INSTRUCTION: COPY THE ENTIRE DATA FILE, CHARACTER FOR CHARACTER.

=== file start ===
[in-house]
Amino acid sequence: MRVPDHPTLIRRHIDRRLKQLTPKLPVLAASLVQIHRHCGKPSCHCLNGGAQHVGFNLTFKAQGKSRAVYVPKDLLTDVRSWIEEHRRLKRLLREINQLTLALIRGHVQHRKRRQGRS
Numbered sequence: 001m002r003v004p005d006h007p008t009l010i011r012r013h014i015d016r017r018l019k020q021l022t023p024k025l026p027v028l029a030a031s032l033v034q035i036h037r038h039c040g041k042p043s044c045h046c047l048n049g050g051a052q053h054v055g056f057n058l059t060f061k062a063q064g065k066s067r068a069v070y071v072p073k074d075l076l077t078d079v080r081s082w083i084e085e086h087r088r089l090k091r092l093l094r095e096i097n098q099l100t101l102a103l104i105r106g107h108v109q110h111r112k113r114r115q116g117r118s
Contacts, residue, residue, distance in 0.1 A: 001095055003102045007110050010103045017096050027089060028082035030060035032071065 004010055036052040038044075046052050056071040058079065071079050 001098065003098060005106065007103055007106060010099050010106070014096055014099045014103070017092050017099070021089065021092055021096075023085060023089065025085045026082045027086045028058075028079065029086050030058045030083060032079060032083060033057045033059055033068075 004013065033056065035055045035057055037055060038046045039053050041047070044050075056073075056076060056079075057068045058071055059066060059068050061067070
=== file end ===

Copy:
[in-house]
Amino acid sequence: MRVPDHPTLIRRHIDRRLKQLTPKLPVLAASLVQIHRHCGKPSCHCLNGGAQHVGFNLTFKAQGKSRAVYVPKDLLTDVRSWIEEHRRLKRLLREINQLTLALIRGHVQHRKRRQGRS
Numbered sequence: 001m002r003v004p005d006h007p008t009l010i011r012r013h014i015d016r017r018l019k020q021l022t023p024k025l026p027v028l029a030a031s032l033v034q035i036h037r038h039c040g041k042p043s044c045h046c047l048n049g050g051a052q053h054v055g056f057n058l059t060f061k062a063q064g065k066s067r068a069v070y071v072p073k074d075l076l077t078d079v080r081s082w083i084e085e086h087r088r089l090k091r092l093l094r095e096i097n098q099l100t101l102a103l104i105r106g107h108v109q110h111r112k113r114r115q116g117r118s
Contacts, residue, residue, distance in 0.1 A: 001095055003102045007110050010103045017096050027089060028082035030060035032071065 004010055036052040038044075046052050056071040058079065071079050 001098065003098060005106065007103055007106060010099050010106070014096055014099045014103070017092050017099070021089065021092055021096075023085060023089065025085045026082045027086045028058075028079065029086050030058045030083060032079060032083060033057045033059055033068075 004013065033056065035055045035057055037055060038046045039053050041047070044050075056073075056076060056079075057068045058071055059066060059068050061067070